The total cost for 22 license plate readers is $44,000, roughly equivalent to the salary of one officer. Each license plate reader will cost $2,000 annually, which includes installation, maintenance, solar panels and cellular data, Miller said.
The prototype license plate reader south of I-10 helped solve a significant crime less than one week after it was installed in November, Katy Police Department Detective Jerod Stewart said.
“The case is still in court, so we can’t talk about details until they prosecute the suspect at the federal level,” Stewart said. “They indicted him.”
The readers’ software will alert KPD of any vehicles associated with theft; associated with amber, silver and blue alerts; or registered to individuals with a record of violent crimes.
“If we have a crime that happens from 1 o’clock to 2 o’clock, and someone calls to say they saw a white truck, we can instantly type in ‘white truck’ in that time frame, and it will give us every white truck,” Diaz said.
These license plate readers are meant to help local businesses, Diaz said. For example, 1000 Degrees Pizza Salad Wings, located at 24600 Katy Freeway, Ste. 800, Katy, has been burglarized three times since it opened three years ago, owner John Bock said. Most recently, Bock’s business was broken into on Jan. 9.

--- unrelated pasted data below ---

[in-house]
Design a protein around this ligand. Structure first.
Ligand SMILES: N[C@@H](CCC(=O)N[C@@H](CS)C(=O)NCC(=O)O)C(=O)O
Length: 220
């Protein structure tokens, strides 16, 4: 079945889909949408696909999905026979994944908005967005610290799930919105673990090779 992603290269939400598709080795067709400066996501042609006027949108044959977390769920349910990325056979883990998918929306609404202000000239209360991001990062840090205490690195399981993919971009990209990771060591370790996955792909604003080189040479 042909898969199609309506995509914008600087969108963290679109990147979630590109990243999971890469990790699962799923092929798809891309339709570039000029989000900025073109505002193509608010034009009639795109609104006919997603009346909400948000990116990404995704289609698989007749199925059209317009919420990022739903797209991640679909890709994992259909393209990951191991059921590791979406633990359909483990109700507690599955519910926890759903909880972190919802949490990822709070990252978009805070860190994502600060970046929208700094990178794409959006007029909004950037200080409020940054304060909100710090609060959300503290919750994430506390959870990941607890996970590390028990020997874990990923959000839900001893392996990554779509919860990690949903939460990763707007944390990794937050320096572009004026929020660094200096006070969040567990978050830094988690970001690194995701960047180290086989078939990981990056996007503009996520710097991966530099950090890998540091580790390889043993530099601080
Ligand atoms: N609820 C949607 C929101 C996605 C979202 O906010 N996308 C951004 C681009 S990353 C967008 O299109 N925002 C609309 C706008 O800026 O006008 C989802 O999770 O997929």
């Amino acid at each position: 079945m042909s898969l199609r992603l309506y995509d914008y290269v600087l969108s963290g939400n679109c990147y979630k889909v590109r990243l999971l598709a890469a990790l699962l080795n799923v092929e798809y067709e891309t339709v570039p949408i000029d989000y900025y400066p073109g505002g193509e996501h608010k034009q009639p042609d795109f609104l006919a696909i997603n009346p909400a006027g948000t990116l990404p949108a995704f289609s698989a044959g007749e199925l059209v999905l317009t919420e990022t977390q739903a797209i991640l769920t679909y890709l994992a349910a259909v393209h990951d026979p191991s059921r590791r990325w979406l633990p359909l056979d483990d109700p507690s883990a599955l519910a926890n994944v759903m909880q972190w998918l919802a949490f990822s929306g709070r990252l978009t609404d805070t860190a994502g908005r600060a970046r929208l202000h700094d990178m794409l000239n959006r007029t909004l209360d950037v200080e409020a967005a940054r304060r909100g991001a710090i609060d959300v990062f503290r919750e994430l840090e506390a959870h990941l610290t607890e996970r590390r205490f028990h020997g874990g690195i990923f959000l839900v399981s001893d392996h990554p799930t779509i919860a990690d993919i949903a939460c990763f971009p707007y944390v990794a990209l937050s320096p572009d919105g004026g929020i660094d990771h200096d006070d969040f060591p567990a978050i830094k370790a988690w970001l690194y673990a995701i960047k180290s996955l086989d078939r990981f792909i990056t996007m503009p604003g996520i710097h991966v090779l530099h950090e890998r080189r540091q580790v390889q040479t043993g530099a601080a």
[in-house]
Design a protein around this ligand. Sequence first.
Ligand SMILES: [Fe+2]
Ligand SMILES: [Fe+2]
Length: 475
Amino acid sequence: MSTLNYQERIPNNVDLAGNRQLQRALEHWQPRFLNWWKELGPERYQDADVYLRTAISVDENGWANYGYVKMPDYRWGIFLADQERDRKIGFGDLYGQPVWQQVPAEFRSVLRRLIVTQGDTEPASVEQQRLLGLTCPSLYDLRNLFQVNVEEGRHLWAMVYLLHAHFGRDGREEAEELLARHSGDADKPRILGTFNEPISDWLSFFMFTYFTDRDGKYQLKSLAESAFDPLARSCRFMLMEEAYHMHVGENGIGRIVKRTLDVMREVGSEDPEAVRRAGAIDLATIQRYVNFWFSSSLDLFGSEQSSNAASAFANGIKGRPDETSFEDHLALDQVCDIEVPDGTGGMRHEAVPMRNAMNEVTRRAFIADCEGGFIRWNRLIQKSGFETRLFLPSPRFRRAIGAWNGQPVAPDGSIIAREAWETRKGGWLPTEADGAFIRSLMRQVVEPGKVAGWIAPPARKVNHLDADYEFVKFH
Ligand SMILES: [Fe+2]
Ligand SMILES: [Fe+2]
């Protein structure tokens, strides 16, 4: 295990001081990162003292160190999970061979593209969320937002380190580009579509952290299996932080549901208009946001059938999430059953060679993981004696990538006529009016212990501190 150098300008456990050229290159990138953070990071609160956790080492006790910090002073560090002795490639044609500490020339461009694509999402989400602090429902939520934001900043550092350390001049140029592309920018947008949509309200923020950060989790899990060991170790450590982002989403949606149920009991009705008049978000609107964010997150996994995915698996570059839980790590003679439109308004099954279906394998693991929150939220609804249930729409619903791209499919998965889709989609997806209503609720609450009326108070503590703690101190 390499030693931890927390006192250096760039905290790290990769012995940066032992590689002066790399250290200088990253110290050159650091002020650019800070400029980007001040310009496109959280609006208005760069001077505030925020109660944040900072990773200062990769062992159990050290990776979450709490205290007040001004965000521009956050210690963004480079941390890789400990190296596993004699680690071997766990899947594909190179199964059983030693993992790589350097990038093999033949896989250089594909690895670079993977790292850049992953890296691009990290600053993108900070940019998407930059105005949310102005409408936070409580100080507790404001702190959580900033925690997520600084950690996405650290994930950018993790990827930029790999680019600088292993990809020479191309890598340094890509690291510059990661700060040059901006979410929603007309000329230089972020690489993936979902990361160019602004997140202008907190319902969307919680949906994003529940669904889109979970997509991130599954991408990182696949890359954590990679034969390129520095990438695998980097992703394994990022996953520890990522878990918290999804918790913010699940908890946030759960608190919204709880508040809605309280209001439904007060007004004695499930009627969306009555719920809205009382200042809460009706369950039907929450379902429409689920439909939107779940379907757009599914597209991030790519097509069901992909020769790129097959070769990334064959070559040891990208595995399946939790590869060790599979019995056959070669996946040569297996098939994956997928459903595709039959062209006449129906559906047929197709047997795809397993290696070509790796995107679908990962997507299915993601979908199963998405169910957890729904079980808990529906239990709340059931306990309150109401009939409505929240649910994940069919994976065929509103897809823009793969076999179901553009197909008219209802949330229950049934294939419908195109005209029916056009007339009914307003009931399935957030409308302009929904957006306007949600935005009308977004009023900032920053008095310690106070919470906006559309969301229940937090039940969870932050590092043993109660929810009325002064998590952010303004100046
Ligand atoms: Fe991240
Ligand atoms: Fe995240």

“I’m kinda for it,” Bock said of the license plate readers. “Every time you try to implement something there [are] going to be unintended consequences, but later you have the ability to rectify that after hearing from the community or observing the problems that it created.”
Council Member Frank Caroll said he supports the idea of essentially adding 22 more sets of eyes to help the police department fight crime.
“Small town police departments can provide big city service if they leverage available technology, and that is exactly what is happening in Katy,” Caroll said.
Council Member Janet Corte sought to clarify the importance of the idea at the Jan. 27 meeting.
“I understand that this brings so much value to the department that [Diaz is] willing to forgo one of [his] budgeted officers to get this system in place,” Corte said.
No officers lost their jobs to implement the new system, Diaz said adding he chose not to fill a vacancy until the next budget cycle.